As Jay described, Deep Zoom is above all about user experience. There’s no magic in it. It just does a remarkable job at delivering high-resolution imagery in an extremely efficient and, importantly, very intuitive way; the user never waits and the user is never lost. Imagine, for example, that I have a collection of photos on a sharing website such as Flickr. The typical “explore” experience is a gallery view with a hyperlink to each image. Imagine instead I could explore in the fashion below (Microsoft Silverlight required).
Here I can drag the image collection around to find areas of interest and zoom in and out entirely seamlessly. It’s a far more intuitive and engaging experience than any photo sharing website I’ve ever visited. So how does it work?
At its simplest, Deep Zoom decomposes an image (or set of images) into multiple zoom levels and, for each level, decomposes the image into increasingly larger arrays of tiles where each tile represents a part of the image. Thus at zoom level 1, we might have a 2×2 array of tiles while at zoom level 10 we might have a 2^10 x 2^10 (ie 1024×1024) array of tiles. Each array spans the whole image.
At low zoom levels, low resolution imagery can be delivered to the browser (the 1×1 or 2×2 array). As the user zooms in, progressively higher resolution imagery is delivered. Because the original image has been divided into perhaps many thousands of tiles, and we know “where” the user is in the image, only the tiles necessary to construct the portion of the image in the current viewport need be sent across the wire. The result is highly-efficient delivery of the imagery and a great panning / zooming experience.
The generation of layers and tiles is typically done up-front using a tool called Deep Zoom Composer (more on this in a later post) but it’s equally possible to do the work “on the fly”. The Deep Zoom Composer tool will help you import, layout and export a Deep Zoom composition as a functioning Silverlight application. You can then simply embed this in a web page as I’ve done here. Alternatively, you can have a lot more control by creating a custom Silverlight application. Silverlight uses a built-in control called MultiScaleImage to render Deep Zoom compositions.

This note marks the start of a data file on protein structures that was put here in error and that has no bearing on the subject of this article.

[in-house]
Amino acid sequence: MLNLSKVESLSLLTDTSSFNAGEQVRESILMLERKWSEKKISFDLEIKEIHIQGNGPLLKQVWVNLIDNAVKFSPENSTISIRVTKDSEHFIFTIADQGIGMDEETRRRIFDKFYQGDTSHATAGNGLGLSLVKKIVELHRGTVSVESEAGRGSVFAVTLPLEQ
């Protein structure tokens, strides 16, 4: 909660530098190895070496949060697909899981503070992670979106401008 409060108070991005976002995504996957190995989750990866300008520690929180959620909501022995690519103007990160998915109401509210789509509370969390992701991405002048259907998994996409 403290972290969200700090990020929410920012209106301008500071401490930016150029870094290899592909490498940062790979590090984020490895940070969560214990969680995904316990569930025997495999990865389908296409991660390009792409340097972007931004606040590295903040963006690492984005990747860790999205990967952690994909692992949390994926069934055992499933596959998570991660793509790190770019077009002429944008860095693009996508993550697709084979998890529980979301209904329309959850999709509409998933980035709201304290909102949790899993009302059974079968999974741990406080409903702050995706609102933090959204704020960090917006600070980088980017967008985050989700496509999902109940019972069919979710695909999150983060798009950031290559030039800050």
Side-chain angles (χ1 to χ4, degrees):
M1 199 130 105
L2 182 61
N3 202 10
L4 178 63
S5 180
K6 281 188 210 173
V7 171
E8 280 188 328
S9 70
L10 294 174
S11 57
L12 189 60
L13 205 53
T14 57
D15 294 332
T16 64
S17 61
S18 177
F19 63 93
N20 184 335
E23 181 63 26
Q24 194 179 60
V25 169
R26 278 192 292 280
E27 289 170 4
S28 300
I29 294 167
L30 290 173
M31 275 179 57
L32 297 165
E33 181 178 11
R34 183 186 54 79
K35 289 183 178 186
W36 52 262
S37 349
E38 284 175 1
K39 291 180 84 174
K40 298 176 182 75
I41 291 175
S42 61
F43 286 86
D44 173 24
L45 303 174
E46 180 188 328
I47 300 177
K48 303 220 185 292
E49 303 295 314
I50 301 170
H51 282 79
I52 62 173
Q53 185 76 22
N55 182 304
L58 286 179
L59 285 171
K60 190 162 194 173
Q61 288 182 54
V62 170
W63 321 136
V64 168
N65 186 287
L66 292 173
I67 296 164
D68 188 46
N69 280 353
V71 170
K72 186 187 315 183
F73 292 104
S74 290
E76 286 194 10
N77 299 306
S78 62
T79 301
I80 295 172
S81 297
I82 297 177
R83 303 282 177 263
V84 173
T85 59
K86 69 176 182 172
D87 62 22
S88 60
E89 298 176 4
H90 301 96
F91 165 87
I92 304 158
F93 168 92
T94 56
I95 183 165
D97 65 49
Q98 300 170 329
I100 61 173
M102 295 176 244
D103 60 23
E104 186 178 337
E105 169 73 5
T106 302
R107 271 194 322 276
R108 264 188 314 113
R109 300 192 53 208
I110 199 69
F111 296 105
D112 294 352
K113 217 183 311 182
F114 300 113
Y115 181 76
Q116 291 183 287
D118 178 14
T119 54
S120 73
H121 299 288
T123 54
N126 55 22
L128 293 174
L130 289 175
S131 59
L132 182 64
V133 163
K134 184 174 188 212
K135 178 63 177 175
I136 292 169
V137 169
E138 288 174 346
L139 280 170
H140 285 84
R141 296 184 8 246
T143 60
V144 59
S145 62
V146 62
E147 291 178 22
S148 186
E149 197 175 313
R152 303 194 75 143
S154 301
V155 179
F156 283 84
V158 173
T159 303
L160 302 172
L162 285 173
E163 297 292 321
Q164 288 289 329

Deep Zoom also gives you “springs animations” out of the box – as you drag and drop the composition around it accelerates and decelerates as if it’s loosely connected to the mouse pointer. It’s also possible to control the zooming / panning programmatically, “snap” to specific images etc.
In addition, Deep Zoom maintains knowledge of where individual images are located. You can combine this spatial data with metadata to give contextual information as the user navigates around the composition. Conversely, you can also manipulate the composition itself by allowing the user to filter using the metadata.
A great example of this (and one of the first Deep Zooms to be published) is the Hard Rock Cafe Memorabilia site. Notice the way that when you zoom into an item, relevant information is displayed in the panel on the right-hand side. Or, for example, you can select using the filters on the left to show only the items in the collection that relate to The Beatles or are instruments of one type or another.
For a purely fun take on Deep Zoom, fractLOL has to be worth a look – all your favourite LOLCats but deep zoomed. And the Shoothill “Deep Moon” Deep Zoom application created to celebrate the 40th anniversary of the Apollo moon landings is truly vast.
To learn more about Deep Zoom and its capabilities I’d recommend the following resources: